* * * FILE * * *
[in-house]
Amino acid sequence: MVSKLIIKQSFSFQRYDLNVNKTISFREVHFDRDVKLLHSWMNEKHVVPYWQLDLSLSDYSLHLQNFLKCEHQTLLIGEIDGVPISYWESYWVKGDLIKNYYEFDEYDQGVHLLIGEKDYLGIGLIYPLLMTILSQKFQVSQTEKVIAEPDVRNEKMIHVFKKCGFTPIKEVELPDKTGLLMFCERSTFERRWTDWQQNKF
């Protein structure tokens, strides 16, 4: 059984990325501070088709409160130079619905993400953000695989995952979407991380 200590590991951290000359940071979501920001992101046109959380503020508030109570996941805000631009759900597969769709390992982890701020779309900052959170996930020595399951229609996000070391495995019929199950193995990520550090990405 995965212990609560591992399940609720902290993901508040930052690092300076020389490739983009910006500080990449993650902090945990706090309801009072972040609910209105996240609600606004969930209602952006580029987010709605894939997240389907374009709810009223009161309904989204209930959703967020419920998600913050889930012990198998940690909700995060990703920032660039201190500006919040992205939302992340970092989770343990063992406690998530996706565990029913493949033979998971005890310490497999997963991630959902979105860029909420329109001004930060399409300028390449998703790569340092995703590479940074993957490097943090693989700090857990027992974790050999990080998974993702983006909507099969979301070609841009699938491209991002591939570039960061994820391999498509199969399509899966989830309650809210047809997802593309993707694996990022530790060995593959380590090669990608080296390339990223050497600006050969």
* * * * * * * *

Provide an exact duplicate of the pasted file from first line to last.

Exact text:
[in-house]
Amino acid sequence: MVSKLIIKQSFSFQRYDLNVNKTISFREVHFDRDVKLLHSWMNEKHVVPYWQLDLSLSDYSLHLQNFLKCEHQTLLIGEIDGVPISYWESYWVKGDLIKNYYEFDEYDQGVHLLIGEKDYLGIGLIYPLLMTILSQKFQVSQTEKVIAEPDVRNEKMIHVFKKCGFTPIKEVELPDKTGLLMFCERSTFERRWTDWQQNKF
């Protein structure tokens, strides 16, 4: 059984990325501070088709409160130079619905993400953000695989995952979407991380 200590590991951290000359940071979501920001992101046109959380503020508030109570996941805000631009759900597969769709390992982890701020779309900052959170996930020595399951229609996000070391495995019929199950193995990520550090990405 995965212990609560591992399940609720902290993901508040930052690092300076020389490739983009910006500080990449993650902090945990706090309801009072972040609910209105996240609600606004969930209602952006580029987010709605894939997240389907374009709810009223009161309904989204209930959703967020419920998600913050889930012990198998940690909700995060990703920032660039201190500006919040992205939302992340970092989770343990063992406690998530996706565990029913493949033979998971005890310490497999997963991630959902979105860029909420329109001004930060399409300028390449998703790569340092995703590479940074993957490097943090693989700090857990027992974790050999990080998974993702983006909507099969979301070609841009699938491209991002591939570039960061994820391999498509199969399509899966989830309650809210047809997802593309993707694996990022530790060995593959380590090669990608080296390339990223050497600006050969």